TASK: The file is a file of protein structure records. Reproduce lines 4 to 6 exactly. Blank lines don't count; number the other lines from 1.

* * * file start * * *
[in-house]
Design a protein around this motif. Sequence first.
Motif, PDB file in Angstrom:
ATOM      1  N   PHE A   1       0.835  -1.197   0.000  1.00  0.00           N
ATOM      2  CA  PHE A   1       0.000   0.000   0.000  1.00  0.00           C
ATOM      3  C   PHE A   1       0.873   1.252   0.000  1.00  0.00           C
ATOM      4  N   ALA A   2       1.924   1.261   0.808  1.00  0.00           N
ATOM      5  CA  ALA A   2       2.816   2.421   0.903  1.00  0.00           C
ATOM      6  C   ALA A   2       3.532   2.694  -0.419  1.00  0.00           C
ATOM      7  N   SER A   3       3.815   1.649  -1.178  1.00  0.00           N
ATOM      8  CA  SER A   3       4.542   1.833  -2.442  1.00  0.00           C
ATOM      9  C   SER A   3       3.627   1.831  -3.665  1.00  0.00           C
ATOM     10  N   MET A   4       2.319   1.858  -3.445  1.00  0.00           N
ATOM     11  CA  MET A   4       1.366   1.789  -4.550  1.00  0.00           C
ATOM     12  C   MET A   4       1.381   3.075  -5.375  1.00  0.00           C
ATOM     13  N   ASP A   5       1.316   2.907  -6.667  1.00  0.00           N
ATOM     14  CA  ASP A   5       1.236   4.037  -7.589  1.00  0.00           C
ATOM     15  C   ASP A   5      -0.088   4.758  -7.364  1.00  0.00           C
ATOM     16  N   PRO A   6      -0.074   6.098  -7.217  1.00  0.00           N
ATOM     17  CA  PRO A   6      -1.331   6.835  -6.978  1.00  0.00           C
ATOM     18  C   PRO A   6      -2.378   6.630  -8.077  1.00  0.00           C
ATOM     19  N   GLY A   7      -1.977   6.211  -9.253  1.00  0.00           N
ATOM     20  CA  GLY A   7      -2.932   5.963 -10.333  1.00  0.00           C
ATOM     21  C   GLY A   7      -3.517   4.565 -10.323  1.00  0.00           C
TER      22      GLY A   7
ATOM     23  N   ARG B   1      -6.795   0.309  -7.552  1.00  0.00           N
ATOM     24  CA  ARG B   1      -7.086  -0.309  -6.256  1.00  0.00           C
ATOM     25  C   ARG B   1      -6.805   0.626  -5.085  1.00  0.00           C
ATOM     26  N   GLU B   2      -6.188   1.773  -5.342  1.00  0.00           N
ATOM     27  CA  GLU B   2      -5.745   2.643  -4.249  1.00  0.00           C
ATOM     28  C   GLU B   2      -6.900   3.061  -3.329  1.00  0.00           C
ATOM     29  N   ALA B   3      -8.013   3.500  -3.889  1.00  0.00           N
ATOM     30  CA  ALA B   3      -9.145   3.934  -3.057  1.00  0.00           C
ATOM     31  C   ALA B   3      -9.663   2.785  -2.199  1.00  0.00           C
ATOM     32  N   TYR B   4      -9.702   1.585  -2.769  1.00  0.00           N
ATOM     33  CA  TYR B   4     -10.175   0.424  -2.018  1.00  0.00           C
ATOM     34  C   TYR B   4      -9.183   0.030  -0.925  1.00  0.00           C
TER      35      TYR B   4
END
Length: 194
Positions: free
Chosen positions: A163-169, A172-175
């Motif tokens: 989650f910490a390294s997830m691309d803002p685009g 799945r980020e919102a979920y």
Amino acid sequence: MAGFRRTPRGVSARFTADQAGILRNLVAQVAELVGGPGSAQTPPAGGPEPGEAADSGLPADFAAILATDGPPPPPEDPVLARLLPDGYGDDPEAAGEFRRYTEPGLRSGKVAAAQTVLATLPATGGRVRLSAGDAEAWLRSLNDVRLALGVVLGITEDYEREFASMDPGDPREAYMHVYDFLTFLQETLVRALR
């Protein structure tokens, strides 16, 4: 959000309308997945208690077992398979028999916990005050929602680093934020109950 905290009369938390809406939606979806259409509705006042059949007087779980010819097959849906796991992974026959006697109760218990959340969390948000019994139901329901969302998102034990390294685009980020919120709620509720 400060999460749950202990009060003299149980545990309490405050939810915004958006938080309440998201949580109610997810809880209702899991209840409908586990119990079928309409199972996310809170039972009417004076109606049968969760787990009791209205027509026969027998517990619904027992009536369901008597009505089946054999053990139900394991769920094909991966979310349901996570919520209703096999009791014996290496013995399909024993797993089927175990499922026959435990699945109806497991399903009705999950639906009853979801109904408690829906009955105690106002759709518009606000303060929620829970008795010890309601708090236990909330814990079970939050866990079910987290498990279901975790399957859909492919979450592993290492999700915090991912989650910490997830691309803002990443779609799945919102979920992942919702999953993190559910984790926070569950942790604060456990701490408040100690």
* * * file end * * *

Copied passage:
ATOM      1  N   PHE A   1       0.835  -1.197   0.000  1.00  0.00           N
ATOM      2  CA  PHE A   1       0.000   0.000   0.000  1.00  0.00           C
ATOM      3  C   PHE A   1       0.873   1.252   0.000  1.00  0.00           C